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Peer mentoring program a success at the Fulton College of Education


July 09, 2007

Walk through the Farmer Building’s courtyard on any given day during the school year, and one is likely to see students studying or chatting, wearing T-shirts with big, white Japanese lettering and the word "Senpai" or Kohai" on the back.

These students are members of the innovative Senpai Kohai peer mentor program, created in 2006 by the Mary Lou Fulton College of Education's Office of Student Services. The students are paired one-on-one, which allows them to become more connected to their peers and to the college as a whole, while developing valuable personal connections and networking skills.

While exploring retention strategies for freshmen and sophomore education majors, the suggestion was made to model a peer mentor initiative after the one-on-one system used in Japan, where new employees are paired with a more experienced member of the staff who is somewhat close in age and disposition. The novice becomes the kohai and the mentor the senpai. This informal relationship contunies thorughout both careers, often developing into a long-lasting friendship.

After launching the program last summer, the response was immediate and enthusiastic. Seventy-six participants enrolled in the program. These students were matched based upon major and extracurricular interests. Throughout the fall semester, a number of social activities were developed by the mentors, who met with their kohai at least once a week. Their connection continued throughout the spring semester and culminated in an end-of-year celebration where students voiced their appreciation for the program.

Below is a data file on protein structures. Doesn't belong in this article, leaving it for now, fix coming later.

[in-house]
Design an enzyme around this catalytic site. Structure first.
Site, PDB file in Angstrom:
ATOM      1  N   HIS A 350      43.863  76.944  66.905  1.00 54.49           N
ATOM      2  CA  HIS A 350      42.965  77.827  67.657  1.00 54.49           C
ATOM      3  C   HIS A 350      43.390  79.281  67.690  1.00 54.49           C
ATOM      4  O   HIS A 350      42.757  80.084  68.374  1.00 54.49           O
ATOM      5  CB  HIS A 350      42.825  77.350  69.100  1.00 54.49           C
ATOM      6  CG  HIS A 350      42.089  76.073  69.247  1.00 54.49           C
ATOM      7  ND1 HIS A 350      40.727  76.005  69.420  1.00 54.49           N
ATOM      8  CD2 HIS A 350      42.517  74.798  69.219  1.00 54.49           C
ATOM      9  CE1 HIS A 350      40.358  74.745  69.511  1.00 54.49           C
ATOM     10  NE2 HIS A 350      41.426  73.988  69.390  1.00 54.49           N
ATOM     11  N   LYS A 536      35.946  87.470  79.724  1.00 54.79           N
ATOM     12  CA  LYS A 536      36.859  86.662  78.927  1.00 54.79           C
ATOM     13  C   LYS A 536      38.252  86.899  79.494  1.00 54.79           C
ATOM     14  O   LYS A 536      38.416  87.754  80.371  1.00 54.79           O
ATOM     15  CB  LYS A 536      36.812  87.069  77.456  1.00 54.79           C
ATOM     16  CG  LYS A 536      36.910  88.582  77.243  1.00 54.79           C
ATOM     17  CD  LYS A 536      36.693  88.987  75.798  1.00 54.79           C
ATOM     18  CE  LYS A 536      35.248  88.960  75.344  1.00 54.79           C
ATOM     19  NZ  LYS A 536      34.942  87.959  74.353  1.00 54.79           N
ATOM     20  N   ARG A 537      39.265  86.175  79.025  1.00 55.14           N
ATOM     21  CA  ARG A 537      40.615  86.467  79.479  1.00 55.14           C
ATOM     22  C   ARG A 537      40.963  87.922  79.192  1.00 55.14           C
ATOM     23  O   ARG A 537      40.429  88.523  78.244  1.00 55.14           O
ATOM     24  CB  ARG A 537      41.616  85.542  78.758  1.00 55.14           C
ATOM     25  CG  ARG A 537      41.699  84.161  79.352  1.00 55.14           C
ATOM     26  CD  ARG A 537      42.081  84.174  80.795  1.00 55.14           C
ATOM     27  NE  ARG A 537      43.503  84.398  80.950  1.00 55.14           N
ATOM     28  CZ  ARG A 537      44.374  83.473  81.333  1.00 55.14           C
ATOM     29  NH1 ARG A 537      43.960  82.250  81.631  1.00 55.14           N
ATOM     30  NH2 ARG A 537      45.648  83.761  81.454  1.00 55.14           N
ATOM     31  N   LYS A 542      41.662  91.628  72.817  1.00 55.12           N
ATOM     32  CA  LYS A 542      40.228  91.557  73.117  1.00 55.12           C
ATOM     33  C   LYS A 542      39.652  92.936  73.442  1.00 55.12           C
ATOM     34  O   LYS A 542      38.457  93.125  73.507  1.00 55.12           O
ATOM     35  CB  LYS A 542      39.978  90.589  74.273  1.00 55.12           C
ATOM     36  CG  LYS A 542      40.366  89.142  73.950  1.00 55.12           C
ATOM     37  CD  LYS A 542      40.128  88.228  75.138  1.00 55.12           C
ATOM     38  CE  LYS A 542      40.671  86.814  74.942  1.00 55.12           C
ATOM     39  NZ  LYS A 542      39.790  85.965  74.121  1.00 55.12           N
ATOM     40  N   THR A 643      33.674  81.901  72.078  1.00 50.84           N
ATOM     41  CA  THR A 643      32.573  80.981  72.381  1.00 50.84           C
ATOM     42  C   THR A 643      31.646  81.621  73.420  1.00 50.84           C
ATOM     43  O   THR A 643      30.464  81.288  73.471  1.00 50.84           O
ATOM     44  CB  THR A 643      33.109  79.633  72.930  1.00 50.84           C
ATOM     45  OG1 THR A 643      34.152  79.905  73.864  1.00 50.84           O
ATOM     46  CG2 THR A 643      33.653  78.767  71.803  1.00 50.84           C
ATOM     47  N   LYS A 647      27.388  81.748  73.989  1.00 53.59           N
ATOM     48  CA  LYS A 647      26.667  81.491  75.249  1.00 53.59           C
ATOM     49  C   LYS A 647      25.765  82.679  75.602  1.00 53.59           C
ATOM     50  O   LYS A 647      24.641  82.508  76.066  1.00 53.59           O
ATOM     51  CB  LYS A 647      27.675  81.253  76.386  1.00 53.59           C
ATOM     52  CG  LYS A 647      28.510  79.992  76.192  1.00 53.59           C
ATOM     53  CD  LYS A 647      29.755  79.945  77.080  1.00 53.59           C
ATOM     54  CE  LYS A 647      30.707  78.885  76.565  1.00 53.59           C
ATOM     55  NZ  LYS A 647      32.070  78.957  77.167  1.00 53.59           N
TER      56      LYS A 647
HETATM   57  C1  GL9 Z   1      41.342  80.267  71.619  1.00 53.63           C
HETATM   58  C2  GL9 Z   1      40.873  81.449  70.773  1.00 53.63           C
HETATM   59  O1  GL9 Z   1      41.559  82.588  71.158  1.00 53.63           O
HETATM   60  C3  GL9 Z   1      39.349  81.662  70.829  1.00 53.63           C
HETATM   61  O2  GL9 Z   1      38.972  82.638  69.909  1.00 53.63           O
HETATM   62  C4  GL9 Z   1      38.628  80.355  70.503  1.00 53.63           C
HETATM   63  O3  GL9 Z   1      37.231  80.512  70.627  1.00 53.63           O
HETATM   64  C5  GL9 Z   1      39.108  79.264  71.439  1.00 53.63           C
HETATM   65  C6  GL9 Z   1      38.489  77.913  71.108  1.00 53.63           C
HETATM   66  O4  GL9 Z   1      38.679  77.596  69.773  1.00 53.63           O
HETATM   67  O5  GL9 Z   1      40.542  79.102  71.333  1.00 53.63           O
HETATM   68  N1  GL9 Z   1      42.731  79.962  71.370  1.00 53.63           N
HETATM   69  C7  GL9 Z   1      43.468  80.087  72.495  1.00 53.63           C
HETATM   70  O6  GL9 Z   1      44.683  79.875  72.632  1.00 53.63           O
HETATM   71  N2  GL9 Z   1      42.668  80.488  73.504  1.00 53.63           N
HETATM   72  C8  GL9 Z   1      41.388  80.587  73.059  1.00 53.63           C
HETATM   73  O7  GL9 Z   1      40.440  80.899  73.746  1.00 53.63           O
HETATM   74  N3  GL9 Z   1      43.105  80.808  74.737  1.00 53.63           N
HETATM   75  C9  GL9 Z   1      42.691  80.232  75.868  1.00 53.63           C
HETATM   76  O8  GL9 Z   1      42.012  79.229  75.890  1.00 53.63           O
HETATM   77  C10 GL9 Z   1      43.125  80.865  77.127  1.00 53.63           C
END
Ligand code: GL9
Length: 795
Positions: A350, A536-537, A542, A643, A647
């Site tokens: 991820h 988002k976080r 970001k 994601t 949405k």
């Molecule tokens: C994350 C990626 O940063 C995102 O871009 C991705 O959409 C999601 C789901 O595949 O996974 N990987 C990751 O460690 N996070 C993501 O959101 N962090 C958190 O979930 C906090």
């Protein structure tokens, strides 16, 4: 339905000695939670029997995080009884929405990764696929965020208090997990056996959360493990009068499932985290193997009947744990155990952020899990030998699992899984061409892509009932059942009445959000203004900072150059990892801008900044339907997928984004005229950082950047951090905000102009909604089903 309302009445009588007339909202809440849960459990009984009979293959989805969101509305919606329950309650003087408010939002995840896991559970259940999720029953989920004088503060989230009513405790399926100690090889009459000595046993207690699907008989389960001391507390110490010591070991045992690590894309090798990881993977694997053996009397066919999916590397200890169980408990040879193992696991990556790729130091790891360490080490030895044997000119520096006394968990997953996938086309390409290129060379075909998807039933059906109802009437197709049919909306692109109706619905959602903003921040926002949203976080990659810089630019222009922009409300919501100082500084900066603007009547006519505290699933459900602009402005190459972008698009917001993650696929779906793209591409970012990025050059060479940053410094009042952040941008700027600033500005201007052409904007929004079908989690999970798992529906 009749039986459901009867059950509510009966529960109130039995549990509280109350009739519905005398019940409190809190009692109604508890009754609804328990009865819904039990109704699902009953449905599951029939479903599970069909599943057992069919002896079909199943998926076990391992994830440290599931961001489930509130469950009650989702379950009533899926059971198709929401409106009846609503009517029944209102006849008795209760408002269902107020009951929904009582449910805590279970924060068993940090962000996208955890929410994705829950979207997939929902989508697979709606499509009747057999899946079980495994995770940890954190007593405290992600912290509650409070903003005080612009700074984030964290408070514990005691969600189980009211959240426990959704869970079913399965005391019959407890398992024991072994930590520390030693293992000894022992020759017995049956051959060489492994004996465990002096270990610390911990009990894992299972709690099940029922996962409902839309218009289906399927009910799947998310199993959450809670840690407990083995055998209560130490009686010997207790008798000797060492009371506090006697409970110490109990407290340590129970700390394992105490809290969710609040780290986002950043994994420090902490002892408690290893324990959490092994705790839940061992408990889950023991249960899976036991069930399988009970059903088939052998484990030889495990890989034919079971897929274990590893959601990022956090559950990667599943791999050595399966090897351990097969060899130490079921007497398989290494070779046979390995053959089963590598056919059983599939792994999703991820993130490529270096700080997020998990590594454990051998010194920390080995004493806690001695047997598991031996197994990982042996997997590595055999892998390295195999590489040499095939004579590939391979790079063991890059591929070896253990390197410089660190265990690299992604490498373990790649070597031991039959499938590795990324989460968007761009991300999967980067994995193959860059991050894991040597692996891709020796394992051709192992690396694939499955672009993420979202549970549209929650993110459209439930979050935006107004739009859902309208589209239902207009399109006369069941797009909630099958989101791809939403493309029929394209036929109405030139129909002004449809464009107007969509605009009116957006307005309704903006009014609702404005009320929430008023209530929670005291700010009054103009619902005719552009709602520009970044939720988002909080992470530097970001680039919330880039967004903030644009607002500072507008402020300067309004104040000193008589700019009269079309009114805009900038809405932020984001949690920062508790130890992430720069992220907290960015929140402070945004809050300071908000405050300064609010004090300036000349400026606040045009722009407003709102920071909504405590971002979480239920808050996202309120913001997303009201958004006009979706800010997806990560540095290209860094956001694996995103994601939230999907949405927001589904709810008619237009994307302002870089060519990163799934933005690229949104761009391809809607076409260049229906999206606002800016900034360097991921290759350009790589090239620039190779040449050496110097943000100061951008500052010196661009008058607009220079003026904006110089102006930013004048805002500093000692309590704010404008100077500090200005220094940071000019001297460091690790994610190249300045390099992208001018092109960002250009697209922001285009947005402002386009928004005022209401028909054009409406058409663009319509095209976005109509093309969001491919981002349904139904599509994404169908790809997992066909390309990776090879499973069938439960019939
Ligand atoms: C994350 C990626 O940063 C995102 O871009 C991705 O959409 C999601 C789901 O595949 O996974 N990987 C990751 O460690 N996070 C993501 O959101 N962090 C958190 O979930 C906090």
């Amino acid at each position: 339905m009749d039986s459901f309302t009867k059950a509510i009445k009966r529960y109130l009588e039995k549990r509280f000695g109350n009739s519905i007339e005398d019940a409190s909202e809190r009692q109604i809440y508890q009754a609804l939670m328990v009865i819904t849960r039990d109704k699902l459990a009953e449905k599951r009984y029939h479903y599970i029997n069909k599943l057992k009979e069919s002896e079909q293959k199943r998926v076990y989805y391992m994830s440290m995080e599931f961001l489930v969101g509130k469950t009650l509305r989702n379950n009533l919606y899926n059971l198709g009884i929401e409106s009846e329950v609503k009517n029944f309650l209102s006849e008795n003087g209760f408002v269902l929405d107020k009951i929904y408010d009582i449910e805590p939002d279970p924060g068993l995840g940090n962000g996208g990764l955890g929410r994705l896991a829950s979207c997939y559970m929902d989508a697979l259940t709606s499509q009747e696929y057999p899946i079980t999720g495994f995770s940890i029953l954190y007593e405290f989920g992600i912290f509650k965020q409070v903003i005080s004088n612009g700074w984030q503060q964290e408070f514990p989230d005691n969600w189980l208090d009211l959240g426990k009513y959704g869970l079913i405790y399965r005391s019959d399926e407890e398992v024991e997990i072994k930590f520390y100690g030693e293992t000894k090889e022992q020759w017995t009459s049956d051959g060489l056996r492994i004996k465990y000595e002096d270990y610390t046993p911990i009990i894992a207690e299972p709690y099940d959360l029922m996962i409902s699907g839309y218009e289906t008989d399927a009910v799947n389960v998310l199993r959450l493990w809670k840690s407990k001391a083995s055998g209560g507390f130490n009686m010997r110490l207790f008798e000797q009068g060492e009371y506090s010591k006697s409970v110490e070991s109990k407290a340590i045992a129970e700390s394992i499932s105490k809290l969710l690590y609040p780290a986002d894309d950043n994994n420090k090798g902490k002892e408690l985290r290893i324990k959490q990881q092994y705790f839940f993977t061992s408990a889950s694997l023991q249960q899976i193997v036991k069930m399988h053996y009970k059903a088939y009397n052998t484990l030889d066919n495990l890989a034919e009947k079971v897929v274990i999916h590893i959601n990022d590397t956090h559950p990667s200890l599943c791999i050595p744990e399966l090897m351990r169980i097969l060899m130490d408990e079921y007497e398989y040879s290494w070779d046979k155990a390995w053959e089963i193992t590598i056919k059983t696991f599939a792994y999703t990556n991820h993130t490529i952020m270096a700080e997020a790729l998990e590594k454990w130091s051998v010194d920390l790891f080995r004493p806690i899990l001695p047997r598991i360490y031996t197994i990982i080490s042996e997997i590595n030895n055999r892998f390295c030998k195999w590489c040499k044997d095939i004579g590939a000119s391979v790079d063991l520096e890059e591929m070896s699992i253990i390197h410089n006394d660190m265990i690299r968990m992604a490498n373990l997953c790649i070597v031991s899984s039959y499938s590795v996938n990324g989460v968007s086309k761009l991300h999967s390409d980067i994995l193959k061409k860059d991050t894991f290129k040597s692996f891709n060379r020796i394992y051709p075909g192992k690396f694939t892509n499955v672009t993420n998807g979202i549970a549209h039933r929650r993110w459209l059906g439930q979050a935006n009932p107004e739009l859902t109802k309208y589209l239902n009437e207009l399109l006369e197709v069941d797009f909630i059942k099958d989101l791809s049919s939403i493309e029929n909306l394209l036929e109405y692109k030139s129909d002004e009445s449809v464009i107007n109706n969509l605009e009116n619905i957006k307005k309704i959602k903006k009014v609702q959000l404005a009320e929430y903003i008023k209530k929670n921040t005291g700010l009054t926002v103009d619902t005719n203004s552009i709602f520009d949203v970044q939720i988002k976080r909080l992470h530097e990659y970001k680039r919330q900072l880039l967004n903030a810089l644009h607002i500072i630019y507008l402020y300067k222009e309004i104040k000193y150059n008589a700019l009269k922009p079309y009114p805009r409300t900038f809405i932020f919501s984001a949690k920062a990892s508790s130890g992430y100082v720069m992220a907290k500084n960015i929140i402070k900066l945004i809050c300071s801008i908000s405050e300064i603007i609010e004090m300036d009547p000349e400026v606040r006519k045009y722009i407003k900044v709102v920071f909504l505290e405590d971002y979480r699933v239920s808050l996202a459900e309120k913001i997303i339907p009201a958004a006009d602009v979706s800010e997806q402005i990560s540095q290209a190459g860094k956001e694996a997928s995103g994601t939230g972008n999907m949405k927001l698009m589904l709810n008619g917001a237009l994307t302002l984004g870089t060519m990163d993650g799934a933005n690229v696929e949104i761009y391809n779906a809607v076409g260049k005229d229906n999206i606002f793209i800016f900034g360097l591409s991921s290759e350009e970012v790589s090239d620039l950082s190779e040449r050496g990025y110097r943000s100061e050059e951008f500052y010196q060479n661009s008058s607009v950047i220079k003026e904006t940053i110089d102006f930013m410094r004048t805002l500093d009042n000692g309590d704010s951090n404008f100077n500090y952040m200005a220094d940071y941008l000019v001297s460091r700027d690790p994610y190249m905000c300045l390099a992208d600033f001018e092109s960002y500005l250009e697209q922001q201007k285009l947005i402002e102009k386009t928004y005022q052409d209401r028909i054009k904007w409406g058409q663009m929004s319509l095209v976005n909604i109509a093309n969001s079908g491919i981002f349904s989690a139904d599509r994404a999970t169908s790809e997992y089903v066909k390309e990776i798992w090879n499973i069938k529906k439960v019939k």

In addition to the accolades from the participants, the statistics also spoke volumes to the success of the program. Freshmen participating in the program persisted at a rate 10 percent higher than the class average – and, more importantly, their average grade point averages were substantially higher: 3.46 versus the college’s overall freshmen average of 2.95.

“We believe building relationships among our student population will increase students’ sense of community, and ultimately increase grade point averages, retention, and graduation rates,” says Gia Taylor, assistant dean for the Office of Student Services at the Mary Lou Fulton College of Education.

“Research shows that today’s undergraduates are ‘over-optionalized’ and do not respond to additional demands on their time and energy,” Taylor says. “The one-on-one Senpai Kohai model is designed to be student-centered, student-directed and loosely structured, allowing students to easily blend their busy schedules with the requirements of the program. Students can maximize the program’s potential benefits in a way that serves both their needs as well as the college’s. Additionally, the Japanese flavor of the program’s name and logo infuse a broader awareness of the diverse and multicultural nature of teachers’ experiences in today’s classrooms.”

Jennifer Rubins, who developed and oversees the Senpai Kohai program, says that the success of the program has exceeded her expectations.

“The freshmen loved having a peer connection, the sophomores benefited from the mentoring experience, and the peer partners coordinating the program thrived on the leadership experience they received,” Rubins says. “The level of growth and connection to the college that I have witnessed in these students is incredible, and I have no doubt that this program will be a hallmark experience in these students’ college careers.”

To date, nearly 40 percent of last year’s participants have agreed to be mentors in the program for this fall, and 20 percent have moved into leadership positions as residential assistants, peer mentors in the college’s residential community, and in various student organizations.